This page lists things that should be checked after any major changes to a low-level system (Mesh, CollisionDetection?, etc.) or before a release.
- Checked iterators: Ensure that doing some basic operations (loading a map, shooting, etc.) works without any aborts while using checked iterators. It might not be a bad idea to do most of the following regression testing with checked iterators enabled as it should exercise the code fairly well.
- Valgrind: Probably not something to be run every release, but periodically (especially if there are stability problems, of course) it wouldn't hurt to do a run under Valgrind. Of course, that has significant performance impacts so this testing will have to be much more limited.
- Clipping through the ground: In the past it has been possible to clip through the ground and other objects under certain circumstances. The bots are now smart enough to win rounds, so you can't just let them walk around to test this any more. Or at least code changes will be required to do so. However, this hasn't been an issue in quite a while so it's probably okay to just skip it unless you've made changes that might cause it to reoccur.
- Splash damage to large tris: Due to some changes in the collision detection code, it was possible to shoot a large triangle in the middle with a weapon that does splash damage and have that damage not register properly. A good way to test this is to load the map tears and walk to the cliff above the bottom base. Shooting the base on its large, flat top should register a hit.
- Shooting individual body parts: Frequently after major changes individual body part damage has stopped working, either because collisions weren't detected at all, or they were detected improperly. To test this ensure that it is possible to destroy a single arm from a stationary bot or test player from a second computer. Bots can be told to stay still by setting the botsmove cvar to 0.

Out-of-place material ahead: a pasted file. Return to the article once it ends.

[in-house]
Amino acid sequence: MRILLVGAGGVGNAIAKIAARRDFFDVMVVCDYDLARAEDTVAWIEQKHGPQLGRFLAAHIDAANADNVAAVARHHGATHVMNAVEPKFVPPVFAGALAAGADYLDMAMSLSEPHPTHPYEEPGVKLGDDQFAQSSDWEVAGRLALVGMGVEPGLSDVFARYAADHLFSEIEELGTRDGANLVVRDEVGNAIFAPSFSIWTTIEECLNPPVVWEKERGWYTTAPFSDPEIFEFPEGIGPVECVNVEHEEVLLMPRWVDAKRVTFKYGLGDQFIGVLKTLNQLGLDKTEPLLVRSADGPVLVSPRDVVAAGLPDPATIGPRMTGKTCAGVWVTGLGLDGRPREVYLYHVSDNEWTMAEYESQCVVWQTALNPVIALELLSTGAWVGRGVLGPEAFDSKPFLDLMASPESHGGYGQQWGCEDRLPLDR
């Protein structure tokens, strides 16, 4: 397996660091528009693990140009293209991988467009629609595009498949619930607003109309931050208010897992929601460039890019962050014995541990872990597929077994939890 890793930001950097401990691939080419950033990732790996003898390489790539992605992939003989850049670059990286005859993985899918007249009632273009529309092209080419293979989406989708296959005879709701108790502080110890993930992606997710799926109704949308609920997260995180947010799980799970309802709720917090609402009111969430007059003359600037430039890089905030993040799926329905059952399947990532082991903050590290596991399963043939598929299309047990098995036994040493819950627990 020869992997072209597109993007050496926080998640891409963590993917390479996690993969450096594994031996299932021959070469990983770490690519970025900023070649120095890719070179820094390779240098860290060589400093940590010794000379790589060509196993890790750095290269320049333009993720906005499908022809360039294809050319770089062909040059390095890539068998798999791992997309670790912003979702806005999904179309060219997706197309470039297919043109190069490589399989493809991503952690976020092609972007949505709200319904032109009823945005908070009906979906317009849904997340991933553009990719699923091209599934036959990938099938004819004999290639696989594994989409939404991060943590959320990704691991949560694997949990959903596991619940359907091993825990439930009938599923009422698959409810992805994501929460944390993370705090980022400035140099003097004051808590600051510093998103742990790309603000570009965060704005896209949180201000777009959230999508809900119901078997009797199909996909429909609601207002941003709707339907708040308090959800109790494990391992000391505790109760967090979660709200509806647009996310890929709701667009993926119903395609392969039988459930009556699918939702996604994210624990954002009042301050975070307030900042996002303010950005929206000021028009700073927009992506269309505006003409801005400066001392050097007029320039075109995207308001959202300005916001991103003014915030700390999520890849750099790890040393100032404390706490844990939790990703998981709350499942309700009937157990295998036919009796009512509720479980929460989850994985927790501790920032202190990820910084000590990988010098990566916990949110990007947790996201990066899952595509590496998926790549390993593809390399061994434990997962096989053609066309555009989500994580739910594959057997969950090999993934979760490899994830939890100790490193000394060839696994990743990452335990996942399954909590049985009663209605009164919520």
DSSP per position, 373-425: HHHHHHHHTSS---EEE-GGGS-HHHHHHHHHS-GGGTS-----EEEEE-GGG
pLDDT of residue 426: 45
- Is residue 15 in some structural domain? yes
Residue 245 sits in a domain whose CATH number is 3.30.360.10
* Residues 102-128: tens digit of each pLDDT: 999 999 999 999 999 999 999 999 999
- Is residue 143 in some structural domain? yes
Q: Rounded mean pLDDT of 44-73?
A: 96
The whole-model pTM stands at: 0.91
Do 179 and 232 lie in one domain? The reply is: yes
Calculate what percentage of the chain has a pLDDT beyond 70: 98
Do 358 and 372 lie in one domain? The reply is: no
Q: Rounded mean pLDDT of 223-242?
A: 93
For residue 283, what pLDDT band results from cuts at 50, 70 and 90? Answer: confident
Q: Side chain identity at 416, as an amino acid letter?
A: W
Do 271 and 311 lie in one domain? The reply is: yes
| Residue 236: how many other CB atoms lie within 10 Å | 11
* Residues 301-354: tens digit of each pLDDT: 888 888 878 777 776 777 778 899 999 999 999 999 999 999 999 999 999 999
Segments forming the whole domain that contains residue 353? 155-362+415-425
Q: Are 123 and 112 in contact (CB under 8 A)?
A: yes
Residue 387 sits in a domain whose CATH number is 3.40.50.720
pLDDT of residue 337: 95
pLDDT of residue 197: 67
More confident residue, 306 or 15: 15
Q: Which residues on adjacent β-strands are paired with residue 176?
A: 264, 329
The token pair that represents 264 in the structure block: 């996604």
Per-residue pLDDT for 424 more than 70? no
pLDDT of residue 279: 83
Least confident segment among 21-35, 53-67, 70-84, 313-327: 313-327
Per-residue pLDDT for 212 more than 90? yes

- Mesh has had a number of problems after major changes to the rendering code. As I remember what those were I will add them here. Hopefully since the Mesh refactoring this won't be such an issue.
- Sight: The sight particle is unique because it's TTL is 0, so it frequently misbehaves. Make sure that it is a single solid laser with a single solid dot on whatever it hits, and that there is no ghosting when moving side to side. This can pop up even after completely unrelated changes.
- Tracers: The smoke tracer for rockets is an animated particle, which makes it somewhat unique, so occasionally it gets messed up by changes.
- Explosions: The explosion particle used to be a problem, but it shouldn't be anymore.
- Validate shaders: Because NVidia's GLSL compiler is rather forgiving of mistakes and I develop on an NVidia card, bugs can occasionally sneak into the shaders. I have a script that will automatically run the 3DLabs GLSL Validator on all of the shaders to (hopefully) ensure that they will work on all video cards.
- Game Over: Ensure that one team or the other winning and causing the server to cycle to the next map works correctly. This is not so much a problem area as something that doesn't come up frequently during normal testing so it needs to be explicitly done from time to time. Edit: Actually that's not true. After adding bots it was also a problem area, so make sure you do this. :-)
- Bot AI: If you've made bot changes or map changes, test that they haven't broken the bots on any of the maps where they're expected to work. The only good way to test this is to play against them and watch for incorrect behavior.
- Shadow the user: After building the archive files for each platform, install them on a clean system and run the game as a sanity check of the packaging system. If a clean system is not available (as will often be the case), at least install the files to a separate location and temporarily rename the .coldest directory to ensure that the base install works.
- Library check: After appropriately setting LD_LIBRARY_PATH=lib, run ldd on the binary and make sure that the expected libraries are being loaded from the lib directory and not the system libs. This should only be a problem when a new library has been added.
Spectating and Replays
- Spectating: Ensure that spectating still works as expected
- Replays: Load a replay (some sort of standard replay should be created) to make sure that no unintended incompatibilities were introduced. If a backwards compatibility breaking change was made intentionally then this doesn't apply of course. That should be avoided if possible however.
- Recording: Record a replay and play it back to check that this functionality still works.